The benefits of the installment method of reporting gain on installment sales are limited by a number of statutory rules including the following: (i) the pledge of certain installment obligations is treated as a payment resulting in the recognition of gain; (ii) a disposition of an installment obligation generally triggers the recognition of any deferred gain remaining on the sale; and (iii) the installment method is generally not available in respect of dispositions by dealers. Furthermore, where the installment method does apply, a special interest rule applicable to an installment obligation arising from a disposition of property with a sales price in excess of $150,000 may apply, with the possible effect of diminishing or eliminating the economic benefit of the deferral.

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     If the Internal Revenue Service were to successfully assert that the promissory notes do not qualify for installment treatment, then MedSolutions shareholders would not be able to defer the recognition of a portion of their gain during the term of the promissory notes. Taxpayers are urged to consult their own independent tax advisors to consider the possible effects of installment reporting of gain allocated to the promissory note portion of the payments received pursuant to the merger, and the possible effects of electing out of the installment method.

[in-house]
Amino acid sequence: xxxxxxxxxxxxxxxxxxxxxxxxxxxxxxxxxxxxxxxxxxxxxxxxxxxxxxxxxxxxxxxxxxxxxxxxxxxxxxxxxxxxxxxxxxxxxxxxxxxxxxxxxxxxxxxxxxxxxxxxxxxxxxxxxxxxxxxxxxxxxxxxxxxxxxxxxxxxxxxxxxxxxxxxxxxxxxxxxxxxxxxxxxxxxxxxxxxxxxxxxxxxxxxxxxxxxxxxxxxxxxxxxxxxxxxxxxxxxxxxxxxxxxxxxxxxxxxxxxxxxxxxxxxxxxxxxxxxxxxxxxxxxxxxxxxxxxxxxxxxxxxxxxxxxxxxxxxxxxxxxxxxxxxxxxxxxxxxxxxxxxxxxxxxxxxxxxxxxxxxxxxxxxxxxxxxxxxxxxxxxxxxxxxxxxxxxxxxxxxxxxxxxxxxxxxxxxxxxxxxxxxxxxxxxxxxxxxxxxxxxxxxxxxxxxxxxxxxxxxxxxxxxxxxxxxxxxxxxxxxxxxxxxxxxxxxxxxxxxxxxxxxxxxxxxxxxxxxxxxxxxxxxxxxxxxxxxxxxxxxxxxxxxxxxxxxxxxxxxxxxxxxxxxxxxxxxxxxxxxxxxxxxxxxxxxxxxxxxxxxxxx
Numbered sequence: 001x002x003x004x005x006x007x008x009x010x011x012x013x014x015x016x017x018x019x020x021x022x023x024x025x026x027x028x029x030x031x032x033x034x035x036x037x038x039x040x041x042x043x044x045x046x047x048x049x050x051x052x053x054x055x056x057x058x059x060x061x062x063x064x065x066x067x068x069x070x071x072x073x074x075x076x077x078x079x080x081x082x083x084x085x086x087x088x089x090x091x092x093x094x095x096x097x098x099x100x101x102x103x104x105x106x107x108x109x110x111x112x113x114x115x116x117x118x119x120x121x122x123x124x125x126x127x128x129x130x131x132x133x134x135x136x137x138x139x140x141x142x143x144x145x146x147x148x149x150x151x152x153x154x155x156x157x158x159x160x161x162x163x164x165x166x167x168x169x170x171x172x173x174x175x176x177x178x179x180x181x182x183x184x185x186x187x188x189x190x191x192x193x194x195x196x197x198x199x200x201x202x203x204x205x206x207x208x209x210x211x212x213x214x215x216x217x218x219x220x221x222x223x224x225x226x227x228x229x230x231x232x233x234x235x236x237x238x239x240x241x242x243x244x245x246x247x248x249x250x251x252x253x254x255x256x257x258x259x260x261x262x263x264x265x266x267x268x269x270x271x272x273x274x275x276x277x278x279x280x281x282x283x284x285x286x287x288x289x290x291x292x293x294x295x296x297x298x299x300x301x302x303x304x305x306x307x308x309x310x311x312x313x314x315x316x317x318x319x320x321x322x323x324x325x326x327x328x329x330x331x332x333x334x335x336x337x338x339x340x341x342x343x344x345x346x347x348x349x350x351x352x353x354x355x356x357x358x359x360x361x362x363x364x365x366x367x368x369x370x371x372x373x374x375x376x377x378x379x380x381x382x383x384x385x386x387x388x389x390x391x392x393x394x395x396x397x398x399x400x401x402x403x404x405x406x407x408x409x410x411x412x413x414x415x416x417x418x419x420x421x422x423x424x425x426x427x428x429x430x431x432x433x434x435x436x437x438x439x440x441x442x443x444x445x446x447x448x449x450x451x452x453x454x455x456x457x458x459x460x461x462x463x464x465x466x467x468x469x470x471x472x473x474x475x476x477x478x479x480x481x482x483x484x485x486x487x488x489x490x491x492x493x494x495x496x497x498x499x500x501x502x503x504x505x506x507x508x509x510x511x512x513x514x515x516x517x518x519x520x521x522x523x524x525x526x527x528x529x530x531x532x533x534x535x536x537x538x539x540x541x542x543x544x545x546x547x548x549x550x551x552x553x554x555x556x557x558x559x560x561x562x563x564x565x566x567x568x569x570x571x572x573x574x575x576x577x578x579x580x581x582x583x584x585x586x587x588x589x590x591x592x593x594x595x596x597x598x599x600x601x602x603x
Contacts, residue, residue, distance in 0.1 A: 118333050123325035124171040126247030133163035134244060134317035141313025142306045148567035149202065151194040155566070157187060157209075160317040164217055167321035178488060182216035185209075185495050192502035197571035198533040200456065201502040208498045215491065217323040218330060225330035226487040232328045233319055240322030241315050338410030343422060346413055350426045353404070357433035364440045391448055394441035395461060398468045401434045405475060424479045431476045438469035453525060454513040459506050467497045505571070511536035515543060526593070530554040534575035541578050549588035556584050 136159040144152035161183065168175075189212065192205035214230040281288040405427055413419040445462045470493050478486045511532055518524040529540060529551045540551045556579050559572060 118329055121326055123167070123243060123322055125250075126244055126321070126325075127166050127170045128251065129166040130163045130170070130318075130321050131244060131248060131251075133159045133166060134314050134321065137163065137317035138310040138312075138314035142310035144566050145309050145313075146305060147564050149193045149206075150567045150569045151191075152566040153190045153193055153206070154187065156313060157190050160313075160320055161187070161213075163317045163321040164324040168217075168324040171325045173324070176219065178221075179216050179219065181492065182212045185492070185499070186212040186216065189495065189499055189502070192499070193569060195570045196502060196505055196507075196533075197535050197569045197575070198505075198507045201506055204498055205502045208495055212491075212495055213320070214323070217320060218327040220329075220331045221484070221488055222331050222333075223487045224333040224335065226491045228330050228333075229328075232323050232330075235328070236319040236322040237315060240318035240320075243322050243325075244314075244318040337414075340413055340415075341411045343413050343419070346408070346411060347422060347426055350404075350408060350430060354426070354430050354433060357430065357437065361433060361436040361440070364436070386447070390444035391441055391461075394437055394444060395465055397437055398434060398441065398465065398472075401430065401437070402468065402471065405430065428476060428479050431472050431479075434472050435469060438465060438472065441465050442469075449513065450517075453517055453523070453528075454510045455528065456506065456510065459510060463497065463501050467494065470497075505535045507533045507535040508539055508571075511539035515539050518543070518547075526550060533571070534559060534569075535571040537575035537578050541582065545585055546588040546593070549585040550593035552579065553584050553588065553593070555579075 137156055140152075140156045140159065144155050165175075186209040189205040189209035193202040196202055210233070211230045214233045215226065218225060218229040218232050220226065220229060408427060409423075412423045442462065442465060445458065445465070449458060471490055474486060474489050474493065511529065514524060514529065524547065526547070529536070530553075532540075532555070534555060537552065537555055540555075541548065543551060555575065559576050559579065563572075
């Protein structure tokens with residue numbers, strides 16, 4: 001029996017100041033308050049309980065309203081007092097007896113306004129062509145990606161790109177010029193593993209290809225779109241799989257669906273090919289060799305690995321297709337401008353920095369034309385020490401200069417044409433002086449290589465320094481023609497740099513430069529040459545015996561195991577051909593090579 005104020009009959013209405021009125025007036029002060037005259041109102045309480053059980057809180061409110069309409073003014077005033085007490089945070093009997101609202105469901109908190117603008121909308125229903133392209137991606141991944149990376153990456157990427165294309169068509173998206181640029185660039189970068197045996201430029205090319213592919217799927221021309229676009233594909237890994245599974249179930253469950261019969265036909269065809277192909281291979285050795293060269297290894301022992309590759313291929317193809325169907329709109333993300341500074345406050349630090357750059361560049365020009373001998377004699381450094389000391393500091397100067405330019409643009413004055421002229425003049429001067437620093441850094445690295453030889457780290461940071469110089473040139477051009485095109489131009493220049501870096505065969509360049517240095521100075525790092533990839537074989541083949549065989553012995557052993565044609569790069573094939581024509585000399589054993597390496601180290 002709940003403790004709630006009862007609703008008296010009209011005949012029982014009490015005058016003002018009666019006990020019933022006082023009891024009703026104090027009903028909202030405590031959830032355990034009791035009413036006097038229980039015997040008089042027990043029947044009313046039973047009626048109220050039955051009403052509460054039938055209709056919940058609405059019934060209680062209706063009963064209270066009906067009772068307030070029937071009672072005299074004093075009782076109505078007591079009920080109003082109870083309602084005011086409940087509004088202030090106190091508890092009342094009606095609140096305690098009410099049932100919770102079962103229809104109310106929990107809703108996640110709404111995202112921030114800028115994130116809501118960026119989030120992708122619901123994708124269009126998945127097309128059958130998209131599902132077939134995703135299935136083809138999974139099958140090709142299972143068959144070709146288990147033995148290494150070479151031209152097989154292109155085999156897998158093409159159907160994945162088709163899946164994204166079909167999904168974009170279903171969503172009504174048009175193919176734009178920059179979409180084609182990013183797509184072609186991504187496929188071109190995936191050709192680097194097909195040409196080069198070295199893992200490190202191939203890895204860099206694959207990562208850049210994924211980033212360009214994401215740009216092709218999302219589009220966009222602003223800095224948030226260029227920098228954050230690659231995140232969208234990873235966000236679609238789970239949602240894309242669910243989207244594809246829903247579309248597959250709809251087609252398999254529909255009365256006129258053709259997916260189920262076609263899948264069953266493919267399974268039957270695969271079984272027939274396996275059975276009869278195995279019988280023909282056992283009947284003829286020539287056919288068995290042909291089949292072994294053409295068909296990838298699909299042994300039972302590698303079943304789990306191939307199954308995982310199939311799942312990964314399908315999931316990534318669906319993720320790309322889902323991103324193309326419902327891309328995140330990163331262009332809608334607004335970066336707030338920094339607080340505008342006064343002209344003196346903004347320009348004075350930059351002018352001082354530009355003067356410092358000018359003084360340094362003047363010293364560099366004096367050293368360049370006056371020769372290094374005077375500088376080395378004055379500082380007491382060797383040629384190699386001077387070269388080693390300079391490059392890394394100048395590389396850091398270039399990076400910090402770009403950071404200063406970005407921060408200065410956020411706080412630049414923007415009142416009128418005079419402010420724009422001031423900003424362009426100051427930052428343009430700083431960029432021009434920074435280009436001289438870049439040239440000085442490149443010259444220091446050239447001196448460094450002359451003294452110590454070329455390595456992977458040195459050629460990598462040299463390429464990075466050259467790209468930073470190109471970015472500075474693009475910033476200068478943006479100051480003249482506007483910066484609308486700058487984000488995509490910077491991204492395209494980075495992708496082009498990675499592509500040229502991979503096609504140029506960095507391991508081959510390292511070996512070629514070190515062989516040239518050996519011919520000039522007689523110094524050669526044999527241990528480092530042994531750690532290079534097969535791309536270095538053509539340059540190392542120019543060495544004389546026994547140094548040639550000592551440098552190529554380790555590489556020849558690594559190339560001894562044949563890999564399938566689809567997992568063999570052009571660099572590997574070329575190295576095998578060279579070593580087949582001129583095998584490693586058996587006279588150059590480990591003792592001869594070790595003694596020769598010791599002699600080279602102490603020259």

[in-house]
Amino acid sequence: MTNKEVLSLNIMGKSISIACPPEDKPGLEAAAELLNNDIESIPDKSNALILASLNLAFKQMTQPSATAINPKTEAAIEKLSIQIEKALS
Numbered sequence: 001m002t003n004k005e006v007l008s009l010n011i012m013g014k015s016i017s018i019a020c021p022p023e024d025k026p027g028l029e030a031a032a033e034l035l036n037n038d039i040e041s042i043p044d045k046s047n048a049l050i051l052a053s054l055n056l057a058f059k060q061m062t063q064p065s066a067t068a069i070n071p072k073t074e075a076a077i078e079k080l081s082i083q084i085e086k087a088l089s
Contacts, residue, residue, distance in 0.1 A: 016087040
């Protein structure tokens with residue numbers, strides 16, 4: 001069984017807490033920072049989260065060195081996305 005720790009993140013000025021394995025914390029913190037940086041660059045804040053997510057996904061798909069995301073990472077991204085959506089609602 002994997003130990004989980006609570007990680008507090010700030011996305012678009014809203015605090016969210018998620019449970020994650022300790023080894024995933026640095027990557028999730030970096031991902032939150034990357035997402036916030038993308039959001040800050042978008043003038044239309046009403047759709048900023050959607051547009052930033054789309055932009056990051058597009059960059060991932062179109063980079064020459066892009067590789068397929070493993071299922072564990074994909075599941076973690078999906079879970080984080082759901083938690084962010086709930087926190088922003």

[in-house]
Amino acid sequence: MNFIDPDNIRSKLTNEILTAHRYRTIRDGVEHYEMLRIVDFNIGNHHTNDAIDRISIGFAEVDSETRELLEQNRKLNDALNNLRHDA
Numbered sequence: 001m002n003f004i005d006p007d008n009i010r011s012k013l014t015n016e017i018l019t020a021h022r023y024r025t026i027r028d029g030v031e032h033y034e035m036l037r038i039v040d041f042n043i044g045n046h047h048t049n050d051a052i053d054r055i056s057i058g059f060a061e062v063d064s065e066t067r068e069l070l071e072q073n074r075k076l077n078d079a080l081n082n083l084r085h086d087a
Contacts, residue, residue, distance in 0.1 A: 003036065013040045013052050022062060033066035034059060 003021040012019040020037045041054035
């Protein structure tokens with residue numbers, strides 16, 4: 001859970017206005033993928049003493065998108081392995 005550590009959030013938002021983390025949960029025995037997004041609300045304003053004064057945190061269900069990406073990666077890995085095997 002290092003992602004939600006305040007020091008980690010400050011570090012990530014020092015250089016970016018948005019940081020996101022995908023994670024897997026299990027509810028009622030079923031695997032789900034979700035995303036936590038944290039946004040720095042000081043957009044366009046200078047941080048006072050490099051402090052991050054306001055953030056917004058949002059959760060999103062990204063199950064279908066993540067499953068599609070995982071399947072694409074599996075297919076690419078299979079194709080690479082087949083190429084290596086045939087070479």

Because the stated interest rate payable on the promissory notes is less than the relevant applicable federal rate (“AFR”), additional interest under the promissory notes will be imputed by reason of the imputed interest rules of Sections 1274 or 483 of the Code, as applicable. The relevant AFR is calculated by determining the appropriate term of the debt instrument (short-, mid- or long-term) and applying the lowest AFR during the three-month periods ending with the month in which the merger agreement was signed and the month in which the merger occurs. The promissory notes will be considered mid-term debt for these purposes. The lowest AFR for mid-term debt during May, June and July, 2007 was 4.62%.
     The imputed interest rules will have the effect of re-characterizing as interest, for federal income tax purposes, a portion of the principal to be paid on the promissory notes because the relevant AFR exceeds the nominal interest of 4.5% or 3.5% payable on the promissory notes. You are urged to consult your own tax advisor to determine how the imputed interest rules will affect you.
Backup Withholding